This type of waste refers to any component of the production process that is unnecessary. Essentially it refers to adding more value than the customer requires. It will increase the end price of the product for something that customers are unwilling to pay for. An example of overprocessing is adding features that won’t be used or do not meet customer needs.
Idle or lost time is probably the easiest waste to identify and refers to wasted time due to slowed or halted production in one step of the production chain while completing a previous step. To make up for this wasted time, the task that takes more time must be made more efficient or the workflow adjusted. Eliminating this waste streamlines processes and speeds the flow of value to customers by producing goods or delivering a service to customers at the required speed and timing.
Transport is moving materials from one position to another. Since this doesn’t add value to the product, minimizing transport costs using more efficient methods is essential. Excessive movement of materials can be costly in terms of handling, employing staff to operate transportation, training and using extra space. Transport can also cause the previous waste of waiting, as one part of the production chain must wait for material to arrive.
Although the lean approach to waste originated in manufacturing, it can be applied in organizations of any size, in any sector and anywhere in the world.
Once you understand the main categories of loss and waste, you can start to identify which of the seven losses in production occur most commonly in your organization.
Losses and wastes in operations can broadly be categorized as follows:
- Excessive operational costs
- Lost production time
- Labor losses
- Inventory losses
- Process type losses
Using a loss and waste analysis to guide your operational excellence roadmap
Identifying waste in the business is a good opportunity to improve work processes and, most importantly, optimize resources. Linking the identified losses and wastes to the strategic objectives and performance expectations for the site will prioritize and address the most important losses and wastes to deliver the required performance. It will also secure senior management buy-in to develop more effective lean waste management structures across the organization to ensure the important issues receive the appropriate attention.
Typical strategic focus areas may include:
- Quality, such as defects and customer complaints
- Costs, such as lost sales, excessive raw material waste, and high maintenance needs
- Delivery, such as erratic lead times and poor adherence to production plans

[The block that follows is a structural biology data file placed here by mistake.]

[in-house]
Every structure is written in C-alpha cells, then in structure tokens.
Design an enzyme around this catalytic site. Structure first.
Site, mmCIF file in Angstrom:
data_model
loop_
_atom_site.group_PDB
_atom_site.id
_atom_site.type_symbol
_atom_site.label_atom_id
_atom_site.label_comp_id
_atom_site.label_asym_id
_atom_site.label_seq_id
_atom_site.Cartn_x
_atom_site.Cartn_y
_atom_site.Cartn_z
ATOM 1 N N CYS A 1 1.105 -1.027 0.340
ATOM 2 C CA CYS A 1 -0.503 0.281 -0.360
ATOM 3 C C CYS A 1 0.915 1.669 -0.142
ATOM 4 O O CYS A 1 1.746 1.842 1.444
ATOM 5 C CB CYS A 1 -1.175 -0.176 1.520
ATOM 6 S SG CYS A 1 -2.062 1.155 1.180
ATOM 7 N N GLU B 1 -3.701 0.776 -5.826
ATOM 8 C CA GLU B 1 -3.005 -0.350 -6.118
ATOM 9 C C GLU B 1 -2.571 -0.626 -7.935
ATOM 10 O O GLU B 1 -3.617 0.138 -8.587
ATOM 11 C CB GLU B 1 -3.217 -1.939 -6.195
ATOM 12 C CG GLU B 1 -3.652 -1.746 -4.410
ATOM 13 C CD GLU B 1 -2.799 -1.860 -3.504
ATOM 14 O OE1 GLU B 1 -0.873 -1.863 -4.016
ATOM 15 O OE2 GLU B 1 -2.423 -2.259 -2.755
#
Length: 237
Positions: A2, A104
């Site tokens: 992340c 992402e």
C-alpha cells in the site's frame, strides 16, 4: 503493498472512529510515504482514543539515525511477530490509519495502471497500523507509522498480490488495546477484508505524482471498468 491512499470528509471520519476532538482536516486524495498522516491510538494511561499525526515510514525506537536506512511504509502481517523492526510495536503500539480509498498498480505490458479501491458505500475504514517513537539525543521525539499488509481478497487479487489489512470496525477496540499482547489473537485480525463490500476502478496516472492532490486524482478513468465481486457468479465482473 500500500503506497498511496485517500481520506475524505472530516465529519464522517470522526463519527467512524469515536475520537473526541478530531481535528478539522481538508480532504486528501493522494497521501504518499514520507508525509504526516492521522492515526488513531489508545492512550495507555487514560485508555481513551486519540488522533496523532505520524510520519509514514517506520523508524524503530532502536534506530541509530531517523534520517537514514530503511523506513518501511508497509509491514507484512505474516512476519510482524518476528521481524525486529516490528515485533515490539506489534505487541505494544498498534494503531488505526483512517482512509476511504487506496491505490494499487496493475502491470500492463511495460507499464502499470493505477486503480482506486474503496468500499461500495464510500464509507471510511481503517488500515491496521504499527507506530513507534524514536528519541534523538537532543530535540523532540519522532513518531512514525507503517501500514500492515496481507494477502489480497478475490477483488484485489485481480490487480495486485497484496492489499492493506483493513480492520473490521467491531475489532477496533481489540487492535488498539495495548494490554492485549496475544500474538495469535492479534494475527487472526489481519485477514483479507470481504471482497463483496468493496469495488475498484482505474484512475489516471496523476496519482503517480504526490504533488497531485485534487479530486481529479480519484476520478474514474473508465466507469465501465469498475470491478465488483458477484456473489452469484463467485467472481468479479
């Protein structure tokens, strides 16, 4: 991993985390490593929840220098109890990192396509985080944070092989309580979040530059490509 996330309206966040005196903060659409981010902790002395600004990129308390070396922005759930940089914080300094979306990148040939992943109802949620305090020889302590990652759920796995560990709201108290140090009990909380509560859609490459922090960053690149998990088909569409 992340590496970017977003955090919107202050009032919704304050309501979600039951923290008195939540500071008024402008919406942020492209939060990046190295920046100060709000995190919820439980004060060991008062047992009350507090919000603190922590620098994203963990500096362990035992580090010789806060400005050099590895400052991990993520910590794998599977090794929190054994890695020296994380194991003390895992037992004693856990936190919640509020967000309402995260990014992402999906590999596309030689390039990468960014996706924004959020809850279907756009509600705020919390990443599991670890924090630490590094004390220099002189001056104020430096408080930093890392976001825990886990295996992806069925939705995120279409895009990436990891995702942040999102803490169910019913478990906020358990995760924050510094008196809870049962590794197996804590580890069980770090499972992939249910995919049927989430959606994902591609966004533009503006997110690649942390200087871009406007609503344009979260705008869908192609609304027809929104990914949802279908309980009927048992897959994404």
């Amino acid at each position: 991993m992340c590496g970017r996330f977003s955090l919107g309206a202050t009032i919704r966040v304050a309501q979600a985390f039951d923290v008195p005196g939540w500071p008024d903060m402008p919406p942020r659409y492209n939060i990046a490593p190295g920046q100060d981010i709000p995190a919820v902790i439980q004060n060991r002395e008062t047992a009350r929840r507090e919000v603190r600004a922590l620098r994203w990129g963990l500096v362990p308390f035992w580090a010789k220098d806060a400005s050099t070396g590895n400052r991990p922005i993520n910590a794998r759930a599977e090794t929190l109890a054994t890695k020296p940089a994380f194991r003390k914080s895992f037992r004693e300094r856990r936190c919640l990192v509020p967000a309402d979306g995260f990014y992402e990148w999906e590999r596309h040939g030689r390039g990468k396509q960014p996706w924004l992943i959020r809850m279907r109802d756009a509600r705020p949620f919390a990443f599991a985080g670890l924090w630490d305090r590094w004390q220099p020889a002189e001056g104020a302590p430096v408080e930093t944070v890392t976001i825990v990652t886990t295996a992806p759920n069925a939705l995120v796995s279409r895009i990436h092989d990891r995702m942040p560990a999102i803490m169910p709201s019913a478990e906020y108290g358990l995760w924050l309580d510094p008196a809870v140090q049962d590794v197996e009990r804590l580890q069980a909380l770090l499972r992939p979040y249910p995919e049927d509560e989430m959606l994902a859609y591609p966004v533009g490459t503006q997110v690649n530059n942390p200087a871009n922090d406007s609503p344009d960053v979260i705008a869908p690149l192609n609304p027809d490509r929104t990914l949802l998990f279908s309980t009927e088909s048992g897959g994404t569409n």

The focus areas for the loss and waste analysis will also depend on the type of production processes.
Depending on the level of loss awareness and the quality of data available, sites often find it beneficial to complete a high-level heat map to prioritize potential areas of waste across the main loss categories. Once you’ve gathered the appropriate level of detail, each prioritized loss then needs to be quantified financially and verified by the Finance team.
Because of the absence of historical data or an insufficient measurement system, it may not be possible at this stage to obtain accurate measures of all losses. Nonetheless, the approach should be to measure what’s available and to understand the relative size of losses, even if the exact figures are not known. For example, downtime such as equipment failures, changeovers, idle time, and startups are effective production lost indicators that can be pulled directly from the production log sheet or online monitoring system. Use this data to prioritize what to address first and to guide your operational excellence roadmap.
The objective of a structured loss and waste analysis is to establish a sound basis for targeting specific losses. We recommend you capture the losses on a standardized template to clarify the overall output and associated assumptions in one view.
The true added value of the loss and waste analysis isn’t just in finding the prioritized losses, but in mobilizing the resources, focus and effort to address them, integrated within your organization’s operational excellence plan.
Eliminating these wastes requires a journey of continuous improvement. Successful organizations embed an intentional improvement culture based on good leadership, teamwork, methodology and enabling technology. Performing strongly in these areas will build the operational excellence pillars that will give your business a strategic edge – now, and especially in the future
What is waste in lean manufacturing?
In lean manufacturing, “waste” is any activity that doesn’t contribute to increased value of the good or service being produced for the end customer.
What is yield loss in manufacturing?
Yield loss is the amount of product that is rejected or is defective and therefore unusable. Yield loss is a waste item, because the resources and material expended in the unusable product ultimately produced a nonvalue good.